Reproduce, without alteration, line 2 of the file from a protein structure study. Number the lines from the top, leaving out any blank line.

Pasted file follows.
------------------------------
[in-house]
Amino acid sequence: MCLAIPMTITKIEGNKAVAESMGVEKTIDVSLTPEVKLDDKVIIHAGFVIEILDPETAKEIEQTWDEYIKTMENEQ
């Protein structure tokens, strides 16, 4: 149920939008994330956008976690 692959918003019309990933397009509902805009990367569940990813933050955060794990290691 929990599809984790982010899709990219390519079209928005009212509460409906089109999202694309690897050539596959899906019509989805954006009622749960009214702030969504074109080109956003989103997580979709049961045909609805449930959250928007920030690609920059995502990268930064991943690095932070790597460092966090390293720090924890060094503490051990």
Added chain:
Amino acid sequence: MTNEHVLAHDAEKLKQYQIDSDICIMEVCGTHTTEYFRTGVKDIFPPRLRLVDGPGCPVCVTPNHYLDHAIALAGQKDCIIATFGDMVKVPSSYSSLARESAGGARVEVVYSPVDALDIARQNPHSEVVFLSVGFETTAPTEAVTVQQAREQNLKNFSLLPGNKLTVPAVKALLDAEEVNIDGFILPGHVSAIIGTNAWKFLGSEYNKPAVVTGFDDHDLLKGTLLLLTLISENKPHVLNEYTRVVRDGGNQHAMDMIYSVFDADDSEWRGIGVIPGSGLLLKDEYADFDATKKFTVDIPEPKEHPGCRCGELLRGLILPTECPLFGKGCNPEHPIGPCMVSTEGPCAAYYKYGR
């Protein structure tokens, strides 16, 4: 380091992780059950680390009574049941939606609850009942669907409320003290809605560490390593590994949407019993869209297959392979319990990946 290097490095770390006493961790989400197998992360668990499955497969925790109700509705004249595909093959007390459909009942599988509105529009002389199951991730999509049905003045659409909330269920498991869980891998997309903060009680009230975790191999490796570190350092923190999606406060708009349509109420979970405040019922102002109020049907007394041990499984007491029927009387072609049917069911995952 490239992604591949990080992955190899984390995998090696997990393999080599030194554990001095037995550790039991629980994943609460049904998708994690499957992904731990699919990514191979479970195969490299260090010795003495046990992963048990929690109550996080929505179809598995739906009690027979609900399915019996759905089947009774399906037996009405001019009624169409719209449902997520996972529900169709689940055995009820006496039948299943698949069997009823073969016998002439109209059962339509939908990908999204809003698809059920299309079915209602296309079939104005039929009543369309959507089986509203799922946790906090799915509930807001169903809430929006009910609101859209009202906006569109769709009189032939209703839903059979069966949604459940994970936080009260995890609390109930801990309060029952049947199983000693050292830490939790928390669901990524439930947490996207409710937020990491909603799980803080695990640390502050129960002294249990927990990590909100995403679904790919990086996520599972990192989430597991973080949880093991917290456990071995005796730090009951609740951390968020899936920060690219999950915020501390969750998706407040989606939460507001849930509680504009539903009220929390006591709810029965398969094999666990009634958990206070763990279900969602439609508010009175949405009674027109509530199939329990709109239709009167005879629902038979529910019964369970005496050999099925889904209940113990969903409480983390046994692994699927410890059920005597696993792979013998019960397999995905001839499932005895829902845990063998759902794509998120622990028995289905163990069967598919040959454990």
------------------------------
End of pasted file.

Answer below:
Amino acid sequence: MCLAIPMTITKIEGNKAVAESMGVEKTIDVSLTPEVKLDDKVIIHAGFVIEILDPETAKEIEQTWDEYIKTMENEQ